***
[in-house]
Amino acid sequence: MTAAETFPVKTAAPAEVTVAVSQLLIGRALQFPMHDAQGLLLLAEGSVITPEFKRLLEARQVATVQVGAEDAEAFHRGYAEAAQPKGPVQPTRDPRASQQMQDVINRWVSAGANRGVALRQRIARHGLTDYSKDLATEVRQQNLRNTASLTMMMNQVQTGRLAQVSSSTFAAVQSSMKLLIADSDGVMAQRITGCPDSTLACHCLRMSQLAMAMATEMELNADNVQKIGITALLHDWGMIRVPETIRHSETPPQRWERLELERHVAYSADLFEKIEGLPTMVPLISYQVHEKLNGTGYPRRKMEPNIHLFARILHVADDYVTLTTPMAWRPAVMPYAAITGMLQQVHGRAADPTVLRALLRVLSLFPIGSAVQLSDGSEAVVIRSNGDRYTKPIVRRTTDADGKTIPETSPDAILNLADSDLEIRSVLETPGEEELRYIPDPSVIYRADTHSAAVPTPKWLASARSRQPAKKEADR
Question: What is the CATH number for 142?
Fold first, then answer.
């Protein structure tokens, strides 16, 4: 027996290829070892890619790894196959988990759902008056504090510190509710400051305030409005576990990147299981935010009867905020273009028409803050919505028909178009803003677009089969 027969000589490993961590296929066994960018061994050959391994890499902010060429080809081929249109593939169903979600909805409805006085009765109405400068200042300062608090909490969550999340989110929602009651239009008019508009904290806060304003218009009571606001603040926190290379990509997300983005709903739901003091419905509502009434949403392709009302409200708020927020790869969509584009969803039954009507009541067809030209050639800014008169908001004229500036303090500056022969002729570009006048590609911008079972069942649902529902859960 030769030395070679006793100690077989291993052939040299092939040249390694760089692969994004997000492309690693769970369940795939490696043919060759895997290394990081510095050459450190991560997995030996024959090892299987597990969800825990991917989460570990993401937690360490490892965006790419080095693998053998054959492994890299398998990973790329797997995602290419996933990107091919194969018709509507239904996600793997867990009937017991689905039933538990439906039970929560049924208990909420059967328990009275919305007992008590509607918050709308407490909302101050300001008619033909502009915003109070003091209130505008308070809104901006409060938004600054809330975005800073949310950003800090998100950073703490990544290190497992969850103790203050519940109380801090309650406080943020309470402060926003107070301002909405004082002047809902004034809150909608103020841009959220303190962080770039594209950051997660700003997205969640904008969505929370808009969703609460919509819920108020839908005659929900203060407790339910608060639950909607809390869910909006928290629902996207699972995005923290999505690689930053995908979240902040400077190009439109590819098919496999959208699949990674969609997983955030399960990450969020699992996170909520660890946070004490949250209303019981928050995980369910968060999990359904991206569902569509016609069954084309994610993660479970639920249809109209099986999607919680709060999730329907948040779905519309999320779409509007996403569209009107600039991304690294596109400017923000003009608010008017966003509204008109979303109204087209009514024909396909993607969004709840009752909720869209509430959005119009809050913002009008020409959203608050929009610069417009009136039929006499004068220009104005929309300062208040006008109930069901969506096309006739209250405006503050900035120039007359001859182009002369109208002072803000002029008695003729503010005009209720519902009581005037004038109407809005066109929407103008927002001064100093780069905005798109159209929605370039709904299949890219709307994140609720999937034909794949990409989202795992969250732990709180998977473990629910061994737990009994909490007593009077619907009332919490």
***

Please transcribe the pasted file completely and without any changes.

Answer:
[in-house]
Amino acid sequence: MTAAETFPVKTAAPAEVTVAVSQLLIGRALQFPMHDAQGLLLLAEGSVITPEFKRLLEARQVATVQVGAEDAEAFHRGYAEAAQPKGPVQPTRDPRASQQMQDVINRWVSAGANRGVALRQRIARHGLTDYSKDLATEVRQQNLRNTASLTMMMNQVQTGRLAQVSSSTFAAVQSSMKLLIADSDGVMAQRITGCPDSTLACHCLRMSQLAMAMATEMELNADNVQKIGITALLHDWGMIRVPETIRHSETPPQRWERLELERHVAYSADLFEKIEGLPTMVPLISYQVHEKLNGTGYPRRKMEPNIHLFARILHVADDYVTLTTPMAWRPAVMPYAAITGMLQQVHGRAADPTVLRALLRVLSLFPIGSAVQLSDGSEAVVIRSNGDRYTKPIVRRTTDADGKTIPETSPDAILNLADSDLEIRSVLETPGEEELRYIPDPSVIYRADTHSAAVPTPKWLASARSRQPAKKEADR
Question: What is the CATH number for 142?
Fold first, then answer.
């Protein structure tokens, strides 16, 4: 027996290829070892890619790894196959988990759902008056504090510190509710400051305030409005576990990147299981935010009867905020273009028409803050919505028909178009803003677009089969 027969000589490993961590296929066994960018061994050959391994890499902010060429080809081929249109593939169903979600909805409805006085009765109405400068200042300062608090909490969550999340989110929602009651239009008019508009904290806060304003218009009571606001603040926190290379990509997300983005709903739901003091419905509502009434949403392709009302409200708020927020790869969509584009969803039954009507009541067809030209050639800014008169908001004229500036303090500056022969002729570009006048590609911008079972069942649902529902859960 030769030395070679006793100690077989291993052939040299092939040249390694760089692969994004997000492309690693769970369940795939490696043919060759895997290394990081510095050459450190991560997995030996024959090892299987597990969800825990991917989460570990993401937690360490490892965006790419080095693998053998054959492994890299398998990973790329797997995602290419996933990107091919194969018709509507239904996600793997867990009937017991689905039933538990439906039970929560049924208990909420059967328990009275919305007992008590509607918050709308407490909302101050300001008619033909502009915003109070003091209130505008308070809104901006409060938004600054809330975005800073949310950003800090998100950073703490990544290190497992969850103790203050519940109380801090309650406080943020309470402060926003107070301002909405004082002047809902004034809150909608103020841009959220303190962080770039594209950051997660700003997205969640904008969505929370808009969703609460919509819920108020839908005659929900203060407790339910608060639950909607809390869910909006928290629902996207699972995005923290999505690689930053995908979240902040400077190009439109590819098919496999959208699949990674969609997983955030399960990450969020699992996170909520660890946070004490949250209303019981928050995980369910968060999990359904991206569902569509016609069954084309994610993660479970639920249809109209099986999607919680709060999730329907948040779905519309999320779409509007996403569209009107600039991304690294596109400017923000003009608010008017966003509204008109979303109204087209009514024909396909993607969004709840009752909720869209509430959005119009809050913002009008020409959203608050929009610069417009009136039929006499004068220009104005929309300062208040006008109930069901969506096309006739209250405006503050900035120039007359001859182009002369109208002072803000002029008695003729503010005009209720519902009581005037004038109407809005066109929407103008927002001064100093780069905005798109159209929605370039709904299949890219709307994140609720999937034909794949990409989202795992969250732990709180998977473990629910061994737990009994909490007593009077619907009332919490």